The worldwide soccer best XI of the 2010s

A new decade is just around the corner, which has given FC Yahoo an opportunity to look back at the players who have defined the last 10 years. 

Here’s our team of the decade, which takes into account domestic and international success. We’ve organized the team into 4-3-3, the preeminent formation of the past 10 years.

Goalkeeper: Manuel Neuer

Although no longer at the peak of his powers, Manuel Neuer is the only serious candidate to tend the net in this XI. 

The Gelsenkirchen native started the decade as captain of his boyhood club FC Schalke 04, whom he led to a Champions League semifinal berth and a DFB-Pokal victory. In the summer of 2011, Neuer made his move to Bayern Munich, where fans were initially skeptical of his arrival due to his history with Schalke. However, the seven subsequent Bundesliga titles and 2013 Champions League crown have since settled the reservations of the Bavarian fans. 

Manuel Neuer has been the premier goalkeeper of this decade. (REUTERS/Andreas Gebert)

In addition to being a first-class shot-stopper and leader on the field — not only did he save a penalty in the 2012 Champions League Final, but he scored one too — Neuer redefined his position with his “sweeper keeper” style.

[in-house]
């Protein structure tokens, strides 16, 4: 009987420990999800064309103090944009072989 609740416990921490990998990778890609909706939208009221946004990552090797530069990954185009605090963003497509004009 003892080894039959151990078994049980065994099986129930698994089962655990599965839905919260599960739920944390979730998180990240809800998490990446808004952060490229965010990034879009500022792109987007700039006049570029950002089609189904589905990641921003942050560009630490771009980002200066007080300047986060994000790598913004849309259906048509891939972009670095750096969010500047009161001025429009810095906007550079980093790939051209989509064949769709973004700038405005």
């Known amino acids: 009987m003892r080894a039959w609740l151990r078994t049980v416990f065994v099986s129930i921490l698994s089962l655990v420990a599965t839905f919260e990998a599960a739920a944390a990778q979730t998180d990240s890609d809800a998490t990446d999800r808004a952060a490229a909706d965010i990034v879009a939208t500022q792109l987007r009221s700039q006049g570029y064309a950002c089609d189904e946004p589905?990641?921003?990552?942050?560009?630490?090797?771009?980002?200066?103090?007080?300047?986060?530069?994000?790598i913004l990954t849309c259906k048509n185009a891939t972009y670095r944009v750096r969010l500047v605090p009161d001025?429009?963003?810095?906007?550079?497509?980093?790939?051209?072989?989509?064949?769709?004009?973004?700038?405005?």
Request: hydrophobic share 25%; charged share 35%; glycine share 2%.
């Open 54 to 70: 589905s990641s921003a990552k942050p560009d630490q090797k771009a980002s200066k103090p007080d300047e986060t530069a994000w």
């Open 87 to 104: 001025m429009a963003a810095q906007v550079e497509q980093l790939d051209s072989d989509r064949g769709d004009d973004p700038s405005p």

The World Cup-winning German is renowned for following his defense high up the field (often into the center circle) while performing the last-ditch tackles of a sweeper. His technical skill on the ball is so good that he easily could have been an outfield defender. 

Left back: Marcelo

If his status as Real Madrid’s first-choice left back for the entire decade isn’t enough, Marcelo has been named in the FIFPro World XI for the last five years running, and has made the UEFA Team of the Year three times. 

Not only is the Brazilian one of the finest defenders of his generation, but his ability to race down the flanks has been exemplary in an era where the role fullback has been increasingly defined by attacking credentials. 

En route to four Champions League titles and two La Liga triumphs in the past decade, Marcelo has displayed incredible close control, dribbling, vision and surprisingly good technique with his weaker right foot. 

Center back: Sergio Ramos

Marcelo’s ubiquity in the FIFPro World XI is only bettered by his Real Madrid defensive teammate: Sergio Ramos has made the team every single season since 2011.